POTW – Crook Problem

Crook problem

What this is: I am going to highlight problems I used with my honors geometry students that I thought were valuable. You can see all posts in this series here. I am taking no claim that these are necessarily original as I might have stolen them from many of you reading this!

How I used it: This was a problem I threw at my students during class while we were working on parallel lines.

What is it: This is a classic crook problem but initially stumped a lot of students immediately.

Why I like it: Anytime I can give a problem nobody knows how to solve right away is great. Many of them drew some crazy triangles and could eventually reason it out. I liked that I could draw in an auxiliary line and introduce that idea that since two points determine a line, I can draw one in parallel to the other two anywhere I want in the diagram. It was great because they immediately asked if I could make up another one for them to complete.

Let me know if you used this and how it went!

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POTW – First Parallel Proof

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What this is: I am going to highlight problems I used with my honors geometry students that I thought were valuable. You can see all posts in this series here. I am taking no claim that these are necessarily original as I might have stolen them from many of you reading this!

How I used it: This was an opener problem I used the first day after I taught parallel lines.

What is it: This is a proof that practices using formal two column proof with parallels. It forces students to practice their reasons.

Why I like it: I like that students have to first practice the congruent complements theorem because even my honors students want to say substitution. Then, they have to prove the lines parallel using a converse to the original statements we learned the class before. Then, they end the proof using a straightforward statement. I think it is important that students have to practice and wrestle with knowing when to end their reasons with parallel or end it with an angle pair congruent.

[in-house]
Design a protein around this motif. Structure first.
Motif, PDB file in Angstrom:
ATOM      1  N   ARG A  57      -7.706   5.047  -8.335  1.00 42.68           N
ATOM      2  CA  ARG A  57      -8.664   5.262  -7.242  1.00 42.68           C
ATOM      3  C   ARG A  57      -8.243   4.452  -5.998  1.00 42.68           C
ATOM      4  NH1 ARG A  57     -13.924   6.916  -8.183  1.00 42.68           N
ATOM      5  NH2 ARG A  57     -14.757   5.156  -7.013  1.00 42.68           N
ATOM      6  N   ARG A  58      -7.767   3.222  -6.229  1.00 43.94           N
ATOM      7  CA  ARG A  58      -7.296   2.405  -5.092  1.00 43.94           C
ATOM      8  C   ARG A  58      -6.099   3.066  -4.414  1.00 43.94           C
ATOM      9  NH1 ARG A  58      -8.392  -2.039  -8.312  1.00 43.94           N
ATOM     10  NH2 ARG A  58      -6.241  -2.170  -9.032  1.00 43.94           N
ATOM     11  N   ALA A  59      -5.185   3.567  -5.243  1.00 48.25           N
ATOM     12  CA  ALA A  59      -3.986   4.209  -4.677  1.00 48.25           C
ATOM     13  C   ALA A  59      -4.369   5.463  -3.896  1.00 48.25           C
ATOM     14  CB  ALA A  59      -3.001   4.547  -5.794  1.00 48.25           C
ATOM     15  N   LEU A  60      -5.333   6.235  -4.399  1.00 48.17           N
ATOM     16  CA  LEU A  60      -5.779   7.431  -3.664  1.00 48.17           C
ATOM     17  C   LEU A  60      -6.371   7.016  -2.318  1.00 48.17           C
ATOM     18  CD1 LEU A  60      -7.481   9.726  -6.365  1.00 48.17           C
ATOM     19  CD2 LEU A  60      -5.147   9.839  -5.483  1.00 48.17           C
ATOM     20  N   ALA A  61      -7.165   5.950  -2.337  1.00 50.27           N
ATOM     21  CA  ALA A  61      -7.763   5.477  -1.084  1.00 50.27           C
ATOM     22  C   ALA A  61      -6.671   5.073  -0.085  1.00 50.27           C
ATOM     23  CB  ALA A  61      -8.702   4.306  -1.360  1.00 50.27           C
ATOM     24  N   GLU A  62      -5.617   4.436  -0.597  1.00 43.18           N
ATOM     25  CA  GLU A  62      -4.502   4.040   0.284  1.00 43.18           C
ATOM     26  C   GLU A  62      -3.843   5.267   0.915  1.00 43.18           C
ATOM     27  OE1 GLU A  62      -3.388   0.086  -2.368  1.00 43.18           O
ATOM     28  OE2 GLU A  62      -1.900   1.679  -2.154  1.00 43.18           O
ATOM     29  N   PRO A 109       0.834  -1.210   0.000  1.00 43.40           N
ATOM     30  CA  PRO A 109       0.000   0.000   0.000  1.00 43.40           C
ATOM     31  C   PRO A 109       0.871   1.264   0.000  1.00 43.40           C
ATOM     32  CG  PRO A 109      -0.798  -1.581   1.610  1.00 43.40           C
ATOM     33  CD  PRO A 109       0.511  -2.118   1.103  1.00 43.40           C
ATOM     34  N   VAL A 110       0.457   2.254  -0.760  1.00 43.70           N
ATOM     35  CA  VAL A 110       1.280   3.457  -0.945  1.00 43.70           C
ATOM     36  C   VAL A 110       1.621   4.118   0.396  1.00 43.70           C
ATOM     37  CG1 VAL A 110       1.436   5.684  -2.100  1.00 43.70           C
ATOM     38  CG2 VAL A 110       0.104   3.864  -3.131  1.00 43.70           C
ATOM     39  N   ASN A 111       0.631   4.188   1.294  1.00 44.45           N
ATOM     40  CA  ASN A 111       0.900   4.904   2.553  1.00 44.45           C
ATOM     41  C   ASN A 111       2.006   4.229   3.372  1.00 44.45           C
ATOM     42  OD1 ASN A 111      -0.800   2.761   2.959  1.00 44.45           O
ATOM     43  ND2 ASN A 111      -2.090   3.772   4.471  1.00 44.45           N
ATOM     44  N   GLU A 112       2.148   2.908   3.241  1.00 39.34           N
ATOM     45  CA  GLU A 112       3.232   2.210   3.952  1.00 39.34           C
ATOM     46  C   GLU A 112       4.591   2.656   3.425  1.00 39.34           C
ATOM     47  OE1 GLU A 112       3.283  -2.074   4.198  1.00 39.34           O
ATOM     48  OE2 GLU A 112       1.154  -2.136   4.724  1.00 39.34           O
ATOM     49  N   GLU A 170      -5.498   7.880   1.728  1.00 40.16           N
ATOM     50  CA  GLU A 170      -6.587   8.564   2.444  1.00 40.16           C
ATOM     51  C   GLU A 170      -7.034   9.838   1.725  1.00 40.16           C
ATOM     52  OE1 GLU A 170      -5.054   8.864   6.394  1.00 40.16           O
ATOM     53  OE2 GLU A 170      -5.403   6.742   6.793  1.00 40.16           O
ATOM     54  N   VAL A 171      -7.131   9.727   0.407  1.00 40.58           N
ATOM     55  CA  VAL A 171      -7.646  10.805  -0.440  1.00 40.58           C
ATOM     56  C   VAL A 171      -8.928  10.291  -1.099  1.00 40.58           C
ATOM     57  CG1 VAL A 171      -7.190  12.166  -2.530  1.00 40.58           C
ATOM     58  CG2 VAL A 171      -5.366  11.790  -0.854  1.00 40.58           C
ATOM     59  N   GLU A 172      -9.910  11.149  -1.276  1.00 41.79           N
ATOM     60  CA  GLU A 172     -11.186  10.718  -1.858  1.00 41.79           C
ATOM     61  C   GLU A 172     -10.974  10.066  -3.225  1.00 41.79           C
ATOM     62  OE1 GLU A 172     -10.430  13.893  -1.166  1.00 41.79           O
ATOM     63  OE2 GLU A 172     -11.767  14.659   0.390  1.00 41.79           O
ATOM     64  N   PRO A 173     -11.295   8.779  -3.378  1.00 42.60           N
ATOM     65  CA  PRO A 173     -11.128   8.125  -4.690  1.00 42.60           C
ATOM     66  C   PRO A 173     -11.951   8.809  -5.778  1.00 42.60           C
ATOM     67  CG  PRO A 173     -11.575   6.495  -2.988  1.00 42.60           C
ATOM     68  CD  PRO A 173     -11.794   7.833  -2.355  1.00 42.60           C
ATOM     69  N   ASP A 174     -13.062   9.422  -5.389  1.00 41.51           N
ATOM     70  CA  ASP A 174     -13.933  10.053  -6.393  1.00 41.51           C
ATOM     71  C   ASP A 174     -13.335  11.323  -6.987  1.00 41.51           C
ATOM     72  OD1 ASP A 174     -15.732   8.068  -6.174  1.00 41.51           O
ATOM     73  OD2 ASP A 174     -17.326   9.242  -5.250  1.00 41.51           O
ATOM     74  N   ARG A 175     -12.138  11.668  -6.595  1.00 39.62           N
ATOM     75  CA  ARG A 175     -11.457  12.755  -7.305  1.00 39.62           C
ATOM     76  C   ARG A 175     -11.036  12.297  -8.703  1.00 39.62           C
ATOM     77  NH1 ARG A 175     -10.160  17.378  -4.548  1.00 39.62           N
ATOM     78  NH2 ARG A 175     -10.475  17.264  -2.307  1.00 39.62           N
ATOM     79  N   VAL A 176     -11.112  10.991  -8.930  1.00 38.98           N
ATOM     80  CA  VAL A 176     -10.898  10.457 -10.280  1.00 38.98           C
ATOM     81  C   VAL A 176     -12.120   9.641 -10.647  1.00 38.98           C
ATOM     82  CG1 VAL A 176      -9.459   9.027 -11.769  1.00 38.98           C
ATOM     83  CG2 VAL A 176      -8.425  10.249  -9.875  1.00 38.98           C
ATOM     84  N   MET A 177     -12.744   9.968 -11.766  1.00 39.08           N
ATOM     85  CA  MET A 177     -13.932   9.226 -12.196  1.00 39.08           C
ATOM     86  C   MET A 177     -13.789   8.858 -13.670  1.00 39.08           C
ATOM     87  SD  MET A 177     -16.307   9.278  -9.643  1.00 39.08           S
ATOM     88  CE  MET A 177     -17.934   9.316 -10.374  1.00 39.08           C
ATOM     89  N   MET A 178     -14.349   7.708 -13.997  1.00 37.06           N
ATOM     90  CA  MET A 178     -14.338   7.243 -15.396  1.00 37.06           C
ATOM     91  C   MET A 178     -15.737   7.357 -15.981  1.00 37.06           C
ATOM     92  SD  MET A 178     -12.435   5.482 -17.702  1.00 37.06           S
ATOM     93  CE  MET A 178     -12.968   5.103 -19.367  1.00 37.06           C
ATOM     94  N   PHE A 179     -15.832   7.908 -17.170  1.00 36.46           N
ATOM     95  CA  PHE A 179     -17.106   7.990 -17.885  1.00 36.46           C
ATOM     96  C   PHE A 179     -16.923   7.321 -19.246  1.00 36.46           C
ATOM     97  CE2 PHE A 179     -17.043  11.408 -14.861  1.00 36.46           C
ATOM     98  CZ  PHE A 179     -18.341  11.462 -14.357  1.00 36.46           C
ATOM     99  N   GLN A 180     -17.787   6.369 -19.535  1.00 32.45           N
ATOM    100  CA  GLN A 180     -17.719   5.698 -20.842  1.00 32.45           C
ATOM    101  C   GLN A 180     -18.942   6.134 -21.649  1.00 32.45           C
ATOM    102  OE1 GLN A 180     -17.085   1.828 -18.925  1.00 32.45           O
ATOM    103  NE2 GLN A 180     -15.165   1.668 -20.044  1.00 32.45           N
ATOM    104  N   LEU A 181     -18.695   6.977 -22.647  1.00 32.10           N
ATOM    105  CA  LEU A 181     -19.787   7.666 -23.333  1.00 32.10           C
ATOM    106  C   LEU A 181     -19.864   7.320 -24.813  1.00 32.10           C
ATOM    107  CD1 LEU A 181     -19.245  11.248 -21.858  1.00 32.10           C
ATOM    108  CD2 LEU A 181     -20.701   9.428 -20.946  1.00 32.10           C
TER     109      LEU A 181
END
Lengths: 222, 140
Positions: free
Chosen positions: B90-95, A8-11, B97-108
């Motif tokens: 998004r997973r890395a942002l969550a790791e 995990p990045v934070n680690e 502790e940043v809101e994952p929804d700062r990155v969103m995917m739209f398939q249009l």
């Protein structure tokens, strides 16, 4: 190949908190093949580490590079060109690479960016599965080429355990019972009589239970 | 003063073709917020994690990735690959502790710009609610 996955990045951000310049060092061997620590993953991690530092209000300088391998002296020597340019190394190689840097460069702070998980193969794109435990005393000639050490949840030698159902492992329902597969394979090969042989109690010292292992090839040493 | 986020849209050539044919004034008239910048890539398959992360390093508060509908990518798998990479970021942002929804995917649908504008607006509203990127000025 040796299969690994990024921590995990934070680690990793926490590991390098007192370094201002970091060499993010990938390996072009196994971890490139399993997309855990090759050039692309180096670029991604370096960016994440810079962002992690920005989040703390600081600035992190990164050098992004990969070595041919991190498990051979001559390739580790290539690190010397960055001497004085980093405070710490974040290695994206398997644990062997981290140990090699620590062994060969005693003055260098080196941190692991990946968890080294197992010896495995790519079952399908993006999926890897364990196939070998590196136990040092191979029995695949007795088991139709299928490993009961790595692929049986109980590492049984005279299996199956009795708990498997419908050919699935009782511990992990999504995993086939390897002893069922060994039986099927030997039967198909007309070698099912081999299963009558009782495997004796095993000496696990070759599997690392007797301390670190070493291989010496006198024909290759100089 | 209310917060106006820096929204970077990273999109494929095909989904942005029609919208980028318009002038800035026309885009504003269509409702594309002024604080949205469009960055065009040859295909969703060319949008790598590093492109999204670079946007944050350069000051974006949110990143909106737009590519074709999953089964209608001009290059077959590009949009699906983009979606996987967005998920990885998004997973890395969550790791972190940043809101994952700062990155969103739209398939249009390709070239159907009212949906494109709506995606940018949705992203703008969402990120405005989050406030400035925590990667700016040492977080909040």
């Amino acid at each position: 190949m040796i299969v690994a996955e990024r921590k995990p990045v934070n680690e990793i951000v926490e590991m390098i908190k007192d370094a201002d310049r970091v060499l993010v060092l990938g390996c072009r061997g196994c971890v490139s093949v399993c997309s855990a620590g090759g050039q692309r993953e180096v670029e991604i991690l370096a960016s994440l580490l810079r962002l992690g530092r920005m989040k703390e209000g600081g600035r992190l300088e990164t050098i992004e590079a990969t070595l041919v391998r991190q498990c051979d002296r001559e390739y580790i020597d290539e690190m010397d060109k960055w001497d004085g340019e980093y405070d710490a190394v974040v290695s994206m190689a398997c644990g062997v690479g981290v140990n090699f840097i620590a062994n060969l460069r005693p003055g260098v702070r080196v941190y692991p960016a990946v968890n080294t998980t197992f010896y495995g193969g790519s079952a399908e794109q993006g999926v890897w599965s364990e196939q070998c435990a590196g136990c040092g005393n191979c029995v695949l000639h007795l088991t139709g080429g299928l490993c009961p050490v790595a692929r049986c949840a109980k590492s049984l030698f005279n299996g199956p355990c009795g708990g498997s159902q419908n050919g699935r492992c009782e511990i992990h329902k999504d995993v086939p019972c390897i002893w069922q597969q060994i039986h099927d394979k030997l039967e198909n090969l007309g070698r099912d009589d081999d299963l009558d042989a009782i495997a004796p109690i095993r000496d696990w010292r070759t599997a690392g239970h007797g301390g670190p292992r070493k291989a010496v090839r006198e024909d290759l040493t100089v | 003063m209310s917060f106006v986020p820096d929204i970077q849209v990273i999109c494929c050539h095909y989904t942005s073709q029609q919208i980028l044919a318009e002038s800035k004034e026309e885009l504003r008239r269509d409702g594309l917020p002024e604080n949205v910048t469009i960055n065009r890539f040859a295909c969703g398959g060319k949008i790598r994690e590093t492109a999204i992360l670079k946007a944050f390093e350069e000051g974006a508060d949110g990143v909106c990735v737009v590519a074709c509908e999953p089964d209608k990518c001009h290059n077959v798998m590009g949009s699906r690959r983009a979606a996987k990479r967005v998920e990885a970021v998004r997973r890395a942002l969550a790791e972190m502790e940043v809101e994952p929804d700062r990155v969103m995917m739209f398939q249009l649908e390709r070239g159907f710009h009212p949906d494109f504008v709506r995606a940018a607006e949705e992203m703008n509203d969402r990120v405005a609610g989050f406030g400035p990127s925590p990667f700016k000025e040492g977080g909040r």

Let me know if you used this and how it went!

POTW – Polygon Intro

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What this is: I am going to highlight problems I used with my honors geometry students that I thought were valuable. You can see all posts in this series here. I am taking no claim that these are necessarily original as I might have stolen them from many of you reading this!

How I used it: Before I taught students what a polygon was, I just showed them some examples and some non-examples.

What is it: I used this in a powerpoint and had students, on their own, create their own definition of what an example was. As I revealed one example and then a non-example, I could see students constantly erasing and changing their definitions. Then, I had them work together and challenge each other’s definitions. Then, we moved on to practicing their definition. Only after, I told them that these were called polygons.

Why I like it: Instead of me telling my students what they need to know, they figured it out on their own. It appeared that everyone had the correct way to define a polygon before class was over and I did not have to do anything but guide them in the right direction and allow for discussion. So much more engagement than just telling them what the definition is and telling students to apply it.

Here is a link to the powerpoint if you want to try it out. Let me know if you used this and how it went!

POTW – Transversal Angle Challenge

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What this is: I am going to highlight problems I used with my honors geometry students that I thought were valuable. You can see all posts in this series here.

How I used it: After students learned about the different types of angle pairs, they got to complete this challenge.

What is it: Students all went to the board with a partner and drew the diagram. With a marker and an eraser in hand, they had to try and put the numbered angles in the diagram so every statement was true.

Why I like it: So much discussion! Students were arguing (in the best way possible) over which angle goes where and why something was or was not a type. It was tricky because we had just learned the basics on a diagram with one transversal and now their were three! They learned that certain angles could be interior or exterior depending on what transversal they were looking at (or at least that is what they told me when we had a class discussion after the activity). I just acted as an answer key and when students asked me if it was right, I would just point out a counterexample and walk away. It was lots of fun and a nice way to get students up and engaging with the ideas.